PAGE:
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Old faithful

Without flash or flare, Greg Maddux continues to roll

Posted: Monday May 1, 2006 12:54PM; Updated: Monday May 1, 2006 3:33PM
Although he has never overpowered hitters with explosive stuff, Greg Maddux has been consistently dominant since the late '80s.
Although he has never overpowered hitters with explosive stuff, Greg Maddux has been consistently dominant since the late '80s.
Jonathan Daniel/Getty Images
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A large part of why I watch sports is because I enjoy watching people do things I'll never be able to do. LeBron James storming toward the rim through a seemingly impenetrable defense, for instance. Andruw Jones yanking an inside pitch 20 rows into the stands. Ronaldinho's elastico move. Deion Sanders returning a punt. The way Dominique Wilkins used to rise above a crowded lane to slam home a rebound.

Which does nothing to explain why one of my favorite athletes of all time is Greg Maddux. After all, he stands maybe six feet tall, weighs a pedestrian 175 pounds, and I'm guessing he'd be about the last guy you'd single out of a lineup as the guy who's 15th on baseball's all-time wins list. Even his headshot on MLB.com looks like an exhausted businessman getting his company I.D. photo taken -- mouth slightly ajar, eyes glazed over.

Maddux's stats are mind-boggling: 15th all-time in wins, 13th all-time in strikeouts, one of two pitchers ever with 3,000 strikeouts and fewer than 1,000 walks (the other is Fergie Jenkins), four Cy Youngs, 17 consecutive seasons with at least 15 wins and, my favorite, an incredible 15 Gold Gloves.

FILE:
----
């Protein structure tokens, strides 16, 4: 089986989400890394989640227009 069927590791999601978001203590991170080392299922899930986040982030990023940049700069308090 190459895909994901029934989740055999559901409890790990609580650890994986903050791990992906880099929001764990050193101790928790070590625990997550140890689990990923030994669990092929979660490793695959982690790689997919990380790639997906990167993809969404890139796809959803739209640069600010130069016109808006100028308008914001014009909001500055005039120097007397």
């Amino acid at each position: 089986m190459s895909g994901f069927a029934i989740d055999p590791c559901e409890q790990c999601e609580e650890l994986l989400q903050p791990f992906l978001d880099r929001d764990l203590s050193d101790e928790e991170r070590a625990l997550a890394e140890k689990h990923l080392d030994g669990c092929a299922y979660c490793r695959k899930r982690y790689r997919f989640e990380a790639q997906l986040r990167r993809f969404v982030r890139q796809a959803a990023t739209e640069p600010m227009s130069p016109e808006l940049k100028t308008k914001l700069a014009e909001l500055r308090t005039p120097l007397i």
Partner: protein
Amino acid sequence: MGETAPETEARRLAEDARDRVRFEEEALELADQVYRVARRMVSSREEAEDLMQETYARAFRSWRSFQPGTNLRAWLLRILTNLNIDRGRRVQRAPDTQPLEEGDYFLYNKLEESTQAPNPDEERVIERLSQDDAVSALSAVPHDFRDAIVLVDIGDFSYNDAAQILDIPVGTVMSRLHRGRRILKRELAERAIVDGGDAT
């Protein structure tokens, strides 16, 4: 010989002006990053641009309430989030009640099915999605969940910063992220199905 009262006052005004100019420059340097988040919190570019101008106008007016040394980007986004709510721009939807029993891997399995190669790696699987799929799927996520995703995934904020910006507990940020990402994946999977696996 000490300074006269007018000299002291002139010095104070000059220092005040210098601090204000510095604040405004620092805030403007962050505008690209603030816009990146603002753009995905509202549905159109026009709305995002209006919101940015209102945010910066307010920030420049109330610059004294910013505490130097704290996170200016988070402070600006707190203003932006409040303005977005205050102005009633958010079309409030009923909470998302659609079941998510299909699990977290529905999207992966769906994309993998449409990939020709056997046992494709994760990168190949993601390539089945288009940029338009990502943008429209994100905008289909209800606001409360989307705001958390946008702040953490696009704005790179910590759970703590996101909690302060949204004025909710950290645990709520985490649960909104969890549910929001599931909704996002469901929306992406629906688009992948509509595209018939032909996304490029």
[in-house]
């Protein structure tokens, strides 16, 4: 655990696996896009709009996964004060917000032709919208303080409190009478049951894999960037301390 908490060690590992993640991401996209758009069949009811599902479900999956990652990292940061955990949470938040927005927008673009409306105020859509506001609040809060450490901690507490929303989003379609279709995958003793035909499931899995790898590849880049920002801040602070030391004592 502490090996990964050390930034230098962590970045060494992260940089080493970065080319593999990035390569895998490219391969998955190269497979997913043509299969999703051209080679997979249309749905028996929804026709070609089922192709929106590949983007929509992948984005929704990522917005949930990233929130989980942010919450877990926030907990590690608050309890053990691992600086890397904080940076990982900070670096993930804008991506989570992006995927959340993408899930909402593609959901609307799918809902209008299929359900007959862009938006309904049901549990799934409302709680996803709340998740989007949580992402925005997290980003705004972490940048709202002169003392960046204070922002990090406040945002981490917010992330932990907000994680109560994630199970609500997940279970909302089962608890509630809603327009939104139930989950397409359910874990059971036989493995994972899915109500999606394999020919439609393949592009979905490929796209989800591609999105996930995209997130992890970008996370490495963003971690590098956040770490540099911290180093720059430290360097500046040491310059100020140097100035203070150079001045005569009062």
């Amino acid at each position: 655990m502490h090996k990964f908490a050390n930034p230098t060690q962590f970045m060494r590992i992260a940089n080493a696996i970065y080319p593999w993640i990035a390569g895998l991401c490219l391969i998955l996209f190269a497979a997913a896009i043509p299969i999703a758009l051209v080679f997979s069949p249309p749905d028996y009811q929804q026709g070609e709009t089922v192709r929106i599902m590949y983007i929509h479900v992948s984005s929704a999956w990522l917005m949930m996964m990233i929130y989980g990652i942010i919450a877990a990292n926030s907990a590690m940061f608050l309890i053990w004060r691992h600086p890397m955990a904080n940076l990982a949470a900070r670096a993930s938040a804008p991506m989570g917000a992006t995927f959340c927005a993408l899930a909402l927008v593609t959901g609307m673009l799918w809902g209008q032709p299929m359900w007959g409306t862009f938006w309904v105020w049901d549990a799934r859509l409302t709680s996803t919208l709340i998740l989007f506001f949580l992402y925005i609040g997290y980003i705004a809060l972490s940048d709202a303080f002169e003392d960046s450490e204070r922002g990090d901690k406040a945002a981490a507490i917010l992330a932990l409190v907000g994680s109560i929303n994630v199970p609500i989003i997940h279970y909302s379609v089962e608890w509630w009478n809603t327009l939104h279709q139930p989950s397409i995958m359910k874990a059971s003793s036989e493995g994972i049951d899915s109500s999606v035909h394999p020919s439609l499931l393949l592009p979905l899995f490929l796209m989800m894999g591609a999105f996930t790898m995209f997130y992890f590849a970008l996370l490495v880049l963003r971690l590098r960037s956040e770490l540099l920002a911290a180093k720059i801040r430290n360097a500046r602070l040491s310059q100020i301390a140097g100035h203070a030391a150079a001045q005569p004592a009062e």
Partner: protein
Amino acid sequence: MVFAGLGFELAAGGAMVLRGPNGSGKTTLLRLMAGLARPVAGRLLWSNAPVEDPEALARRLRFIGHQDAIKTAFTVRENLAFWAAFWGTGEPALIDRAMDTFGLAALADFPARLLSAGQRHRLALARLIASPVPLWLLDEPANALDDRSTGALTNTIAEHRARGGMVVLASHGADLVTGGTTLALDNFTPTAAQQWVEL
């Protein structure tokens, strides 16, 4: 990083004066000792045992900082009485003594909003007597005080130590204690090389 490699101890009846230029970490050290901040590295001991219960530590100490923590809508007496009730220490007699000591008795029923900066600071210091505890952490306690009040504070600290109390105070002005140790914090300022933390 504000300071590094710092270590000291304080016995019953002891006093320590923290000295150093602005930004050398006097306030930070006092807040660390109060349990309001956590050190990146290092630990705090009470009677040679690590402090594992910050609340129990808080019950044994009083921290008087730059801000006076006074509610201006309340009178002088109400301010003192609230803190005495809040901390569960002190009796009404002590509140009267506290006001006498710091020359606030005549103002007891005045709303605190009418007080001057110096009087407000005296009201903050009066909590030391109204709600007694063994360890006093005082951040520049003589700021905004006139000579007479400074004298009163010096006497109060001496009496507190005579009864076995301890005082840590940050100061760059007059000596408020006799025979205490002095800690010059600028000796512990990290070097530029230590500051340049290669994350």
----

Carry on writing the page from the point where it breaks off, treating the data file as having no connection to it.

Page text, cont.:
There's so much to talk about with Maddux, who has had a magical and much-documented start to the season (5-0, 1.35 ERA). But what I love about him is that he's just a brilliant, consistent, old-school winner. I like that Maddux refuses to pitch at Wrigley in anything but the regular white Cubs jersey. I like that in a league where steroid accusations fly at the drop of a fitted hat, the only 'roids connection you could ever make to Maddux is that perhaps he looks like a chemist who could have formulated the Clear. Twenty seasons into his career, his body is still nondescript and he still curses like a sailor on the mound when a pitch doesn't do what he wants it to do. (This used to be picked up by the TBS microphones when he was on the Braves, and I still catch a few foul blurts from WGN's field mics.)

My favorite Maddux story is not his striking someone out or jamming a slugger; it's from the 1999 season, when Maddux was off to a slow start. Maddux is allergic to contact lenses, so when he was pitching he'd wear the contacts for an hour or so, then go back to those wire-rimmed glasses he always wore. As he explained, "I had bumpy eyes." He wasn't named to the All-Star team that season, so Maddux used the break to have LASIK surgery. During the season. Without telling anyone.

Selfish? Maybe. But Maddux said he knew golfing buddies who'd recovered quickly, and he figured he wouldn't miss a start. Before anyone could get upset about it, in his next start he allowed one run in eight innings against the Red Sox, and went on to win nine of his next 10 decisions. That's Maddux.

In fact, between 1994 and 2000, Greg Maddux went 125-50. I went to so many Braves games to watch Maddux start during that period that I feel safe in saying that after two years of writing this column for SI.com, my bi-weekly Time Warner checks are still not even close to reimbursing me for all the tickets I bought.